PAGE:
United Nations troops launched a surprise helicopter raid on an East Timor militia stronghold yesterday, forcing pro-Indonesia fighters to flee into the hills.
The swoop came as a Roman Catholic priest said nine people, including two nuns, were killed by gunmen in the latest attack on Roman Catholic clergy in East Timor.
The Roman Catholic Bishop of Baucau, East Timor's second-largest town, told Portuguese state radio RDP the attack took place Saturday on a rural road as the group returned from Los Palos, 18 miles to the east.
"Unfortunately, we have received confirmation today that they were killed and thrown into a stream," Bishop Basilio do Nascimento said.
The dead also included two seminarians, the local head of the Catholic church relief agency Caritas, two volunteers, the vehicle's driver, and an Indonesian journalist working for a Japanese news organization, the bishop said.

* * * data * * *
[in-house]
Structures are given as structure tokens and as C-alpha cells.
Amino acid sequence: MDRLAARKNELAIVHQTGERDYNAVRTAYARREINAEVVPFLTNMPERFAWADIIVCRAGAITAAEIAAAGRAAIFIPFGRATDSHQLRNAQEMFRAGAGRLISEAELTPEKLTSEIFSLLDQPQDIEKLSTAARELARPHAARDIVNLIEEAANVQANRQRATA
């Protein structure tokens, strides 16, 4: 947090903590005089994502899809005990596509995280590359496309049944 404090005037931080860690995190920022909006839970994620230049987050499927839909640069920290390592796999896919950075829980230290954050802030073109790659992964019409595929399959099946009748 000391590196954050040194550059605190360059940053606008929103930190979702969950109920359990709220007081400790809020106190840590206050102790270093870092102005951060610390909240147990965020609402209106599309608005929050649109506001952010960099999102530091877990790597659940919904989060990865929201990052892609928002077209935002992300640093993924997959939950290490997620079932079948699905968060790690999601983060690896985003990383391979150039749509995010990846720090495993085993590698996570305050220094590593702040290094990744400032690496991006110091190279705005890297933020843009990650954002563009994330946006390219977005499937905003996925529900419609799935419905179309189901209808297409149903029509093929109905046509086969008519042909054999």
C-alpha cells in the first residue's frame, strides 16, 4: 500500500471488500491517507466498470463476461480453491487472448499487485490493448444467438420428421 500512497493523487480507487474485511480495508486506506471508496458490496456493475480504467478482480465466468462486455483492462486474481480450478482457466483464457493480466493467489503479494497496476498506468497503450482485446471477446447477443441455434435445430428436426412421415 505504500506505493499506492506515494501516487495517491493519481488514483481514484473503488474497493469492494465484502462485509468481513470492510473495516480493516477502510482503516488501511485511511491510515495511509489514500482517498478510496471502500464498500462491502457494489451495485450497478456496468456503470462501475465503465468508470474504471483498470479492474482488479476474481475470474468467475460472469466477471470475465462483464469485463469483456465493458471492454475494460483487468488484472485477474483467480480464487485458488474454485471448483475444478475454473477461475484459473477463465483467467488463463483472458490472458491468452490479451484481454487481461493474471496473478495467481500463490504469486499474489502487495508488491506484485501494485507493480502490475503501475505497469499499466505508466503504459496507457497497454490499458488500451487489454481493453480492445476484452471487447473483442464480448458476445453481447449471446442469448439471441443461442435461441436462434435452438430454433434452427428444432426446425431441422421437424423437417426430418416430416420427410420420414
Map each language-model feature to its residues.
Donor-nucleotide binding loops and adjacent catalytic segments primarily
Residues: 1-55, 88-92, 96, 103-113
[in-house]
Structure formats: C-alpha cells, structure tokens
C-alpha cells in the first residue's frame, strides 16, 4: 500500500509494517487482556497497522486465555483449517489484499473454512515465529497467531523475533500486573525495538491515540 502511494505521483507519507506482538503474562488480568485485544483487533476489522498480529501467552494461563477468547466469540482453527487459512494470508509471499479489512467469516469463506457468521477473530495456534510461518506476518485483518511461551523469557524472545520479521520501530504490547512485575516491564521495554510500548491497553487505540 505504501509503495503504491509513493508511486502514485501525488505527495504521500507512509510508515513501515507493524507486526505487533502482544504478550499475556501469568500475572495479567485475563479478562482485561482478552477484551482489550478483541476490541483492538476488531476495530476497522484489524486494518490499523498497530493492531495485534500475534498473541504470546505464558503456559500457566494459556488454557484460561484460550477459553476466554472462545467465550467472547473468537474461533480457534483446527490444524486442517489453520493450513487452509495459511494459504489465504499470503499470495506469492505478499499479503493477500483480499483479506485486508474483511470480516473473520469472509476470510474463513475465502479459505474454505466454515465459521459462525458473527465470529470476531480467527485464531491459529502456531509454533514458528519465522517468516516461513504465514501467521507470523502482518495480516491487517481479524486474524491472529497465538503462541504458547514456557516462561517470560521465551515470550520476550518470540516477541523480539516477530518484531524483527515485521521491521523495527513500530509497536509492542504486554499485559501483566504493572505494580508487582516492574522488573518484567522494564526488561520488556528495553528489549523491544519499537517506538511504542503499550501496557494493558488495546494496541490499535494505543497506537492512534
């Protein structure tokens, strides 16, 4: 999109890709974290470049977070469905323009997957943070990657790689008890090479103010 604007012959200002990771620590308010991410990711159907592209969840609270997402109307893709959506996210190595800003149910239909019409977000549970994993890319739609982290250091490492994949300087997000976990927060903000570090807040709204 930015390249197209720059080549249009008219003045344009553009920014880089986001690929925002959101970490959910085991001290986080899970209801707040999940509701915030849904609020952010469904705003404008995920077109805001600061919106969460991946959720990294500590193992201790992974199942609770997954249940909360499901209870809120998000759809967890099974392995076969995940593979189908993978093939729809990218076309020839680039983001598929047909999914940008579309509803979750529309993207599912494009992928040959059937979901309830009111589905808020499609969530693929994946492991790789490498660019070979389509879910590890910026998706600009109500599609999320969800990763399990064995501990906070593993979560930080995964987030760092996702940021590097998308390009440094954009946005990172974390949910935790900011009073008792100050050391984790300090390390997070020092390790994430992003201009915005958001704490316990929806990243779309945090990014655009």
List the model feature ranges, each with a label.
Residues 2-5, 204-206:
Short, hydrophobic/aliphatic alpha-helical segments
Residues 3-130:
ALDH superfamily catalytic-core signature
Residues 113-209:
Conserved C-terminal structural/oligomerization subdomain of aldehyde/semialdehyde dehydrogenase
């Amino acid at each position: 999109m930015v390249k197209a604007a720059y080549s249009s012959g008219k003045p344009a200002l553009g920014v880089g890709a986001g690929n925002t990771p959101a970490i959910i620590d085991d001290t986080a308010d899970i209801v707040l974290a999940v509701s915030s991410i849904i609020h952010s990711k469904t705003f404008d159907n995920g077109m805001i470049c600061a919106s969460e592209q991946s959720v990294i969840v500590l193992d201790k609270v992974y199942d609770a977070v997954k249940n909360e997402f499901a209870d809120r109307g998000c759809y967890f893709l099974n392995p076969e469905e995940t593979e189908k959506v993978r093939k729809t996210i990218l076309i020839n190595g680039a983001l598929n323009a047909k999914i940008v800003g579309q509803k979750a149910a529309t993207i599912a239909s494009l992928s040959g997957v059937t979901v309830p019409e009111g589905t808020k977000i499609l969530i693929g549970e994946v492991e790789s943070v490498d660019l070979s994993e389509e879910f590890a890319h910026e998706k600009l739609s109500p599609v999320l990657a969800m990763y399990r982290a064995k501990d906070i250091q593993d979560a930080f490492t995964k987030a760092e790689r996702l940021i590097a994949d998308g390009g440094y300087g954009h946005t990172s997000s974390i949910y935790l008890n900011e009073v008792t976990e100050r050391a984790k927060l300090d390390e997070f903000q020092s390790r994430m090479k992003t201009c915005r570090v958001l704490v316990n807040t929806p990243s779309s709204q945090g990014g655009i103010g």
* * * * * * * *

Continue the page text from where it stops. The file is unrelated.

The Italian missionary news service MISNA reported that pro-Indonesian militiamen carried out the attack.
Hundreds - perhaps thousands - of people have been killed, and hundreds of thousands have fled their homes in the violence that has swept through East Timor since it overwhelmingly voted for independence from Indonesia in a UN-sponsored referendum on Aug. 30.
Most of those displaced from East Timor have fled to West Timor, the other side of the island that is still part of Indonesia. It is also where the withdrawing Indonesian Army and militias have gone.
So far, the Australian-led multinational peacekeeping force has secured only the the town of Dili in East Timor.
Australian Associated Press said no shots were fired during yesterday's raid on the militia stronghold, the first outside Dili and in the town of Baucau.
(c) Copyright 1999. The Christian Science Publishing Society